The Monomyth, My Students’ Journeys, and My Fear

On September 20, 2013, I challenged my college level World Mythology class to embark on their own Monomyth. For the past four months they have been on their journeys, succeeding, failing, and changing direction. Tonight, over dinner and dessert, they present their journeys to their families, staff, and administration. I am exceptionally nervous.

You see, I’ve never done this before. Have never said, “Hey kids, go change your lives and document the change, because you’ll be graded on it.” I have often thought during this semester: What am I doing?

That’s because there have been other end-of-the-semester presentations, but they have been of the academic bent, highlighting research. Throughout the semester I have demanded high academics, so the course has not suffered, but this direction I’m taking the culmination has not been done.

And like with all new things, I’m second-guessing my choice. Not because of the students’ presentations, but because of the potential reaction.

It is my sincerest hope that the audience gets this. I want them to see that the purpose of education, in regard to mythology, is not to learn every name of every god and goddess, nor every creation and flood myth, but to understand the nature of storytelling.

All our lives our stories: the ones others tell about us, and the ones we tell ourselves. Throughout the course I have asked the students to look for this again and again: myth as a suggestion for how to live. And in the Monomyth, often the ordinary individual becomes the hero. I cannot think of a better message to send to my students.

I want them to see that being the hero is recognizing you are the narrator of your life. Narrator does not equal master. Often life moves out of our control, and this truth must be accepted. However, that does not leave us powerless. We can focus on the details that matter, and we can shift the story’s perspective, so the tragic is a blessing, and the mundane, paradise.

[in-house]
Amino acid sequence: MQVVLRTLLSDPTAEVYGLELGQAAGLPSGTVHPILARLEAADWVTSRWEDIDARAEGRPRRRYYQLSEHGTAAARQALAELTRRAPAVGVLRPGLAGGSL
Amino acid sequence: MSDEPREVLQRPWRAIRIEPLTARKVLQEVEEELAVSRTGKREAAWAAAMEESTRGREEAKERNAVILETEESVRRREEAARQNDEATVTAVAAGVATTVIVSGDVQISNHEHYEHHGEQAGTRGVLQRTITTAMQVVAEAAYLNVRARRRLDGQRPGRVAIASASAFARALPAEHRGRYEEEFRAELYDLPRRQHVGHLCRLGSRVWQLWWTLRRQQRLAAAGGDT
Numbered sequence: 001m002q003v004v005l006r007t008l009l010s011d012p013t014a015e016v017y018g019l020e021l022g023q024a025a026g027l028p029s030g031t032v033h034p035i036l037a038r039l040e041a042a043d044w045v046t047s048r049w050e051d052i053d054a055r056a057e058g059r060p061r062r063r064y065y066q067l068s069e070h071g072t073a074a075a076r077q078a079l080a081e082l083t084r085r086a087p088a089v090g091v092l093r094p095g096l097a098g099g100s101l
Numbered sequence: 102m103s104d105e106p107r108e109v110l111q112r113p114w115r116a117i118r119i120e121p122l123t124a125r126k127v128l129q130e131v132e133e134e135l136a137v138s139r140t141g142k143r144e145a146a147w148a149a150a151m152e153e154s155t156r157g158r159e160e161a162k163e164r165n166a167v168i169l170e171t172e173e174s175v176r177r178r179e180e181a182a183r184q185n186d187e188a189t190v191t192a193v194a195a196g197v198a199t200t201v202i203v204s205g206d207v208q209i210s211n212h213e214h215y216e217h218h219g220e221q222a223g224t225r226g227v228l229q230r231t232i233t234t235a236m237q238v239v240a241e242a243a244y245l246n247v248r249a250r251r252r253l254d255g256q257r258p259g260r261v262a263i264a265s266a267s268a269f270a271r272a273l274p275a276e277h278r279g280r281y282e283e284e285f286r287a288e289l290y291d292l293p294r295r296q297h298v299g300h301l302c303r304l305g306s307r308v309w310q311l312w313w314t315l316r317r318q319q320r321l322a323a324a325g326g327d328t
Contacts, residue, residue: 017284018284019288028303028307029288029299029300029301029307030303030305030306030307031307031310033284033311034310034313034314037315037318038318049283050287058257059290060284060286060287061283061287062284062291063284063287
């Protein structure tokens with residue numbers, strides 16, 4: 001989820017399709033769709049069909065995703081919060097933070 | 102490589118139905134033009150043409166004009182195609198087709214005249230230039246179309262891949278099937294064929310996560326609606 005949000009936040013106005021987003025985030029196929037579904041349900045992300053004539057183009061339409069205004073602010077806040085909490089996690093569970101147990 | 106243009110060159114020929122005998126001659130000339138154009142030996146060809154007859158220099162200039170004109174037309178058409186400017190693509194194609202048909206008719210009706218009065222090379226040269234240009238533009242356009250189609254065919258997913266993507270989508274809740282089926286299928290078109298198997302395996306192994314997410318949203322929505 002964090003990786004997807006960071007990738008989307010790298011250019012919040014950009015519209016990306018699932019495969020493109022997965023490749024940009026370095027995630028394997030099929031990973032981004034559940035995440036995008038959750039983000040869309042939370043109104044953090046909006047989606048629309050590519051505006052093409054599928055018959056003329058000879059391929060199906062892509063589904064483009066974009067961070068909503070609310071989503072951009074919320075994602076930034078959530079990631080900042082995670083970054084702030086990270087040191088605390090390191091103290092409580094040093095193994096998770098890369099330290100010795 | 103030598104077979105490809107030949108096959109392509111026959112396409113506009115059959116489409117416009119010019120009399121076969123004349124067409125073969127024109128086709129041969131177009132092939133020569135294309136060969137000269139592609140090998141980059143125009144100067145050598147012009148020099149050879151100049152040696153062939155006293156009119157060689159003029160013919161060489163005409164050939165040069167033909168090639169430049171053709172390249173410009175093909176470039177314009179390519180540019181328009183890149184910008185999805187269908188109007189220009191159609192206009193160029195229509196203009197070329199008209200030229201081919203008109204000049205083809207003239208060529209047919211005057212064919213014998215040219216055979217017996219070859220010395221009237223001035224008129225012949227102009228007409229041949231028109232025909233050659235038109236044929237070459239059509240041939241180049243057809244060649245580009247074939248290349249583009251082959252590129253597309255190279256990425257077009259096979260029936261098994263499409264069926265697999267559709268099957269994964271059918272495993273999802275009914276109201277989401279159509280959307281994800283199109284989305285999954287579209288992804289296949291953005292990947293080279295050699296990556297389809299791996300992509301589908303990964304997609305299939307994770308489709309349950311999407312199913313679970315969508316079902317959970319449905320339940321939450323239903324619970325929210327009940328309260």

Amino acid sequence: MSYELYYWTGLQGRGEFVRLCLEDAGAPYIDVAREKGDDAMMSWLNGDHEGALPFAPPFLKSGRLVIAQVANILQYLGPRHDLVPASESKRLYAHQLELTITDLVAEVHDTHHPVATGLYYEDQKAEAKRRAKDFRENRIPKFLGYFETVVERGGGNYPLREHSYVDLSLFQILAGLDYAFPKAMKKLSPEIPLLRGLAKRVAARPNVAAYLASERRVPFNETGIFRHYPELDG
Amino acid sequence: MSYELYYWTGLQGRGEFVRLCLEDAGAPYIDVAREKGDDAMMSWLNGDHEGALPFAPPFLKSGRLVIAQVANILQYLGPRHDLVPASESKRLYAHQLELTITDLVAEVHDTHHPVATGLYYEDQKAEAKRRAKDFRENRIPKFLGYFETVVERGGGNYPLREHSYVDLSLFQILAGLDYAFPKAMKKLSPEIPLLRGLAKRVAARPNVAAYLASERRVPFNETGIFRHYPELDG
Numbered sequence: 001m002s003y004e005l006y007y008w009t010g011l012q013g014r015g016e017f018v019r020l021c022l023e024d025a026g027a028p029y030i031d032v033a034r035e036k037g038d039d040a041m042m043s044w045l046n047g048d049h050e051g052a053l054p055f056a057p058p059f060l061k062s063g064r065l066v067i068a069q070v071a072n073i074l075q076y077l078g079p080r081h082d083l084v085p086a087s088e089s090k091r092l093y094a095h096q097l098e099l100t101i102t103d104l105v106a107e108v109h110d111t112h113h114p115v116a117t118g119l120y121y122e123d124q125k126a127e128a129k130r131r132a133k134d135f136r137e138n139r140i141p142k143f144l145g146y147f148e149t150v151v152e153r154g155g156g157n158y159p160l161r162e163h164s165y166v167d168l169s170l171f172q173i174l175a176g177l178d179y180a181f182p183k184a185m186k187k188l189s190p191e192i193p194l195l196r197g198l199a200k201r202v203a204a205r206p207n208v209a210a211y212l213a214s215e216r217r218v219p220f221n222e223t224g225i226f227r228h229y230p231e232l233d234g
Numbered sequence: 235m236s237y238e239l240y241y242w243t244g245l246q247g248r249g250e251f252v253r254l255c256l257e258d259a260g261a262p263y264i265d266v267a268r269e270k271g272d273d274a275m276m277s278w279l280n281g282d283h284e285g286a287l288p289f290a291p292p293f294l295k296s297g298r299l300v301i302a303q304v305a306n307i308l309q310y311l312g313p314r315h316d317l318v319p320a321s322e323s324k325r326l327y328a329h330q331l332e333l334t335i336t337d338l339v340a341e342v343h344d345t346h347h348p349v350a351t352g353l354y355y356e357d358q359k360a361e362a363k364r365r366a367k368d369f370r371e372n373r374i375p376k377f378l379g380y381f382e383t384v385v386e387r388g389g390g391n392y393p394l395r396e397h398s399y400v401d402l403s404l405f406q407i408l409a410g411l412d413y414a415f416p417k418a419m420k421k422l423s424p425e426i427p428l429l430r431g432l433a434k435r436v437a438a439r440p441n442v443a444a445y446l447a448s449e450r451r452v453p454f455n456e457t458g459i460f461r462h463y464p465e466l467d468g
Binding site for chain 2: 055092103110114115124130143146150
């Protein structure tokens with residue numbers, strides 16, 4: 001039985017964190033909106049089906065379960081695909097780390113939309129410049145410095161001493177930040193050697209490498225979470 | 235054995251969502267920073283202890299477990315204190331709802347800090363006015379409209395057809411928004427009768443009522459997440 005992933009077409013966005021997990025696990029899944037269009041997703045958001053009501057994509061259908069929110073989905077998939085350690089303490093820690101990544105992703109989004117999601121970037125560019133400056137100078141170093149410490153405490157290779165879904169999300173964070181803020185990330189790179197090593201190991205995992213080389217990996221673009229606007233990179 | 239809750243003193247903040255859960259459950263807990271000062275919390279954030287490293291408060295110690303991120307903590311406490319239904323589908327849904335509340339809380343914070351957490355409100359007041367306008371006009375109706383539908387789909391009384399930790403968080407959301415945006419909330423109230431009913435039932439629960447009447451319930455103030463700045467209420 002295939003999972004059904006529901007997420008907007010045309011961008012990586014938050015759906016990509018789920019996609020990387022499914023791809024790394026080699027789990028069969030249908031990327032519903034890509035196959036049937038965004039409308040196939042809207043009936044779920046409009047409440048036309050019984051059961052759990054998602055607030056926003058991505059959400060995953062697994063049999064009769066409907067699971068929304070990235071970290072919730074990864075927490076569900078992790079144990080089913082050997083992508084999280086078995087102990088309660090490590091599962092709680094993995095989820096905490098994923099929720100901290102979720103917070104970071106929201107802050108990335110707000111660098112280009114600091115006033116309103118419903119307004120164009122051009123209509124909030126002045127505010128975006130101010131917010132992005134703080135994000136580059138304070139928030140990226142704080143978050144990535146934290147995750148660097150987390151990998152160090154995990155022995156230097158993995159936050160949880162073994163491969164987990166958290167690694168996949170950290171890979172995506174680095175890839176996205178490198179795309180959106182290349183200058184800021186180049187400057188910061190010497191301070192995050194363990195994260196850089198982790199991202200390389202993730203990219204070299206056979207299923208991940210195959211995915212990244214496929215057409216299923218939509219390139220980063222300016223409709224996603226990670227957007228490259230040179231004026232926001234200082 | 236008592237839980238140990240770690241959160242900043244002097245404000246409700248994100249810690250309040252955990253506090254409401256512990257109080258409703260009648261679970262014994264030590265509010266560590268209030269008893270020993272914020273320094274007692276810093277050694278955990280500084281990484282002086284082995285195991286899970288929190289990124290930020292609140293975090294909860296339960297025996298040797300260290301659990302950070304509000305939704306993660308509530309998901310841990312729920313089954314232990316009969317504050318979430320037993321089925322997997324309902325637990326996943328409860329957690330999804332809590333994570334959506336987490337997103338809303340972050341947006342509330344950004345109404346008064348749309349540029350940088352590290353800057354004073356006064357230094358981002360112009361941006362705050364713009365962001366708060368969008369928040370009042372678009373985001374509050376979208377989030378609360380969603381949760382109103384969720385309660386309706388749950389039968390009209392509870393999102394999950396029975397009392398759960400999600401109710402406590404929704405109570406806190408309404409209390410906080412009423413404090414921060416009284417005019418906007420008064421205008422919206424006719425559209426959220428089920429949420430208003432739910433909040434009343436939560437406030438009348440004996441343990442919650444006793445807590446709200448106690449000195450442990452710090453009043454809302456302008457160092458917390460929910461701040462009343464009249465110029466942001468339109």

This is why I wanted my students to change something, because the practice of altering one’s life is the heart of success. All too often there is a passivity to how we approach who and what we are, how we live. There a myriad reasons for this: fear, complacency, indifference, and on and on. Regardless of the source, the results are often sad and about “lives of quiet desperation.”

Therefore, it is my greatest hope that the families and staff gathered will understand my premise, that to properly educate is to simply tell a story. One that’s been told countless times. The trick, however, is to tell it in a way that entices and that asks the listener to question it, and to analyze it, and in some way, make it his or her own.

Tonight, we will all teach one another, and then let the stories echo, and live on.

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